Law Foundations in Canada

History of The Manitoba Law Foundation

The Manitoba Law Foundation was created on October 23, 1986 by the Manitoba Legislature through an amendment to The Law Society Act, now called The Legal Profession Act. Under the statute, the objects of the Foundation are to encourage and promote legal education, legal research, legal aid services, law reform, and the development and maintenance of law libraries.

The Foundation is a statutory corporation. It is independent and is not an agency of the government. For tax purposes it is a “non-taxable corporation”, but it is not a registered charity.

Law foundations first came into existence in 1968 when the first law foundation was established in New South Wales, Australia. Lawyers visiting New South Wales from British Columbia at that time learned about how the interest on lawyers’ trust accounts was being used for the public good, and upon their return to Canada, recommended the model to the B.C. government. The Law Foundation of British Columbia was the first established in Canada, in April 1969. From 1971 through 1986, similar law foundations were formed across Canada and now exist in every province and territory. There are also similar foundations across the United States, where they are called “IOLTA” (for “interest on lawyers’ trust accounts”) programs. The American programs were modeled on the Canadian law foundations.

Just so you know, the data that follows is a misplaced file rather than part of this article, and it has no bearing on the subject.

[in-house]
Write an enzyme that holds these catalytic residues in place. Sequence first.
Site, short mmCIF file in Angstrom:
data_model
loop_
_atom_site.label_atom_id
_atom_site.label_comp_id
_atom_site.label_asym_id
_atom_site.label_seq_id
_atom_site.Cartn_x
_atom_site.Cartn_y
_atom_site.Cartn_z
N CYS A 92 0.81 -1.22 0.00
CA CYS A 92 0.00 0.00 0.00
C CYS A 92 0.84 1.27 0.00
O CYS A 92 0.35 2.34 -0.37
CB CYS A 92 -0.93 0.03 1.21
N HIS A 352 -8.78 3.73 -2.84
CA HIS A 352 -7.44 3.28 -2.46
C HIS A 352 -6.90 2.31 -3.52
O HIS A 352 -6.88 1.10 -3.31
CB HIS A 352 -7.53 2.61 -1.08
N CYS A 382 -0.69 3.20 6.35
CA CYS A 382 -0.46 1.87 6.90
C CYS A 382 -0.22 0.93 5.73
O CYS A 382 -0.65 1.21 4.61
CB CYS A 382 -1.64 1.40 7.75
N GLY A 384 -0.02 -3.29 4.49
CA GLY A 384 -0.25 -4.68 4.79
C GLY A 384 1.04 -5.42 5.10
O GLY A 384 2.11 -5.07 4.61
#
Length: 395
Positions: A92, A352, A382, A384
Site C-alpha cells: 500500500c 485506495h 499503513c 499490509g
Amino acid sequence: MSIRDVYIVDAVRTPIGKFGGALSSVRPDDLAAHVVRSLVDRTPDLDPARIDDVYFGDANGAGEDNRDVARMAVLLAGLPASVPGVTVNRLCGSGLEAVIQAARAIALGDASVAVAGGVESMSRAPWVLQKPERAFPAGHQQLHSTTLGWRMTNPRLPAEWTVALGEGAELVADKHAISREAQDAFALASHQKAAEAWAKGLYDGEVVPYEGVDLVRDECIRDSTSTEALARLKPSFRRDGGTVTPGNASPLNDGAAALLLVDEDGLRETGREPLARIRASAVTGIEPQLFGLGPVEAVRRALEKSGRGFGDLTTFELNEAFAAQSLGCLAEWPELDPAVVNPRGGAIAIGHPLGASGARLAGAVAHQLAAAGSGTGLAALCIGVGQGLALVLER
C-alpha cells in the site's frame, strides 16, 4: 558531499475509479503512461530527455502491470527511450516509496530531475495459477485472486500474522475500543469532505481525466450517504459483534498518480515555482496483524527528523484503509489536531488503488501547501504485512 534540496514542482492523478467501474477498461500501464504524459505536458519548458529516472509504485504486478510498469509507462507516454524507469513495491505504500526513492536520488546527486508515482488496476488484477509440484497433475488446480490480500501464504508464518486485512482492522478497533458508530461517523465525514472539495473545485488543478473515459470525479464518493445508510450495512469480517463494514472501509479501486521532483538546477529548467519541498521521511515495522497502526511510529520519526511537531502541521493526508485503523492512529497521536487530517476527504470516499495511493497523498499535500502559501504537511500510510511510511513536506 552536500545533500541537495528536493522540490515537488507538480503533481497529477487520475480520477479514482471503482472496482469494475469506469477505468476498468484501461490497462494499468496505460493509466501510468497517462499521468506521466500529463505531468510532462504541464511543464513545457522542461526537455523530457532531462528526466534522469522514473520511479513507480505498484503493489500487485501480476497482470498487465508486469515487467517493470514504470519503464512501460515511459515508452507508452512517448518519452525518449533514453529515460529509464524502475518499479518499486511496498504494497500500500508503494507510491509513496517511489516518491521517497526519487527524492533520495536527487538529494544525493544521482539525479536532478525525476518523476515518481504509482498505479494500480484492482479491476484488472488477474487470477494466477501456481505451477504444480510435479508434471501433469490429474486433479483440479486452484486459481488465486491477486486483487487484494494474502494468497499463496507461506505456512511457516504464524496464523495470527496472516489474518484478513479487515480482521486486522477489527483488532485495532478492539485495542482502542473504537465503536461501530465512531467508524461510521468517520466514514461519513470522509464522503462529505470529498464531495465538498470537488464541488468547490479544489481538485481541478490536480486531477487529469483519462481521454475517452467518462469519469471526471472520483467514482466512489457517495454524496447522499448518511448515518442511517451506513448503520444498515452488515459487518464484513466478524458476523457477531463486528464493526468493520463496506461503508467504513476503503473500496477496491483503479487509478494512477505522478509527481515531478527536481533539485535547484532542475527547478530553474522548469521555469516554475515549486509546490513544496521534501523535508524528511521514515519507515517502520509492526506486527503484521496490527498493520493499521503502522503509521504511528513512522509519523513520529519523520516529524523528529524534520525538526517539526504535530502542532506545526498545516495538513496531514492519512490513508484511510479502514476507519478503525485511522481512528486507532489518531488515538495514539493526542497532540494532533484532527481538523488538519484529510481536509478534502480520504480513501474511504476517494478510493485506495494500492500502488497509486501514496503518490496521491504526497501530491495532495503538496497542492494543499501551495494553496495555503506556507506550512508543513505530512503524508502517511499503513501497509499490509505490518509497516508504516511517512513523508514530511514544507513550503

Canadian law foundations belong to a national body, the Association of Canadian Law Foundations (the “ACLF”) that meets annually and allows law foundations to share information. Most, if not all, Canadian Law Foundations also belong to the National Association of IOLTA Programs (“NAIP”) and are linked through NAIP to the American Bar Association Commission on IOLTA.